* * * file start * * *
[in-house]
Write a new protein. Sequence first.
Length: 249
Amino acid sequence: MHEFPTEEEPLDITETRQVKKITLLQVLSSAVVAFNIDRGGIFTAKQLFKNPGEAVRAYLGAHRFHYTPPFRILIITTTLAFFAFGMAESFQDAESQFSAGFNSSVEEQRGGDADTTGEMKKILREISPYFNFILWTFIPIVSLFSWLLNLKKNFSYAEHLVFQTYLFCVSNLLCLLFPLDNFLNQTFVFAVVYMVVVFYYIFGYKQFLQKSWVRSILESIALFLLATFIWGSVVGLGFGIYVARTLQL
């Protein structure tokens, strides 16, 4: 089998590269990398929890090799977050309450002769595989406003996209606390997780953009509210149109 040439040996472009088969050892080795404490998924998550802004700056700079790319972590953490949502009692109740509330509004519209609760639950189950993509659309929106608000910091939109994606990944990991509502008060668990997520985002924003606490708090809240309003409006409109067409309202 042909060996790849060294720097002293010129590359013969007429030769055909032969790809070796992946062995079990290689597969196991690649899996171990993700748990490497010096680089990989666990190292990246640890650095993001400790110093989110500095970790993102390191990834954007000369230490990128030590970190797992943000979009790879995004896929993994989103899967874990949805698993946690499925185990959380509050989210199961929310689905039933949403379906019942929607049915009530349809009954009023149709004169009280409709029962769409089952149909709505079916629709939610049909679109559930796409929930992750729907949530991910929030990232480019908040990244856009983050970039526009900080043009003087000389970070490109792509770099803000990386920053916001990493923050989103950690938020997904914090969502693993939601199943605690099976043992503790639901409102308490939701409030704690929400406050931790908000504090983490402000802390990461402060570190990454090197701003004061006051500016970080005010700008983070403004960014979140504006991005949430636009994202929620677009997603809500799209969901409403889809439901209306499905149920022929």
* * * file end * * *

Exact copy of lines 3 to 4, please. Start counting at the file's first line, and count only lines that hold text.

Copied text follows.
Length: 249
Amino acid sequence: MHEFPTEEEPLDITETRQVKKITLLQVLSSAVVAFNIDRGGIFTAKQLFKNPGEAVRAYLGAHRFHYTPPFRILIITTTLAFFAFGMAESFQDAESQFSAGFNSSVEEQRGGDADTTGEMKKILREISPYFNFILWTFIPIVSLFSWLLNLKKNFSYAEHLVFQTYLFCVSNLLCLLFPLDNFLNQTFVFAVVYMVVVFYYIFGYKQFLQKSWVRSILESIALFLLATFIWGSVVGLGFGIYVARTLQL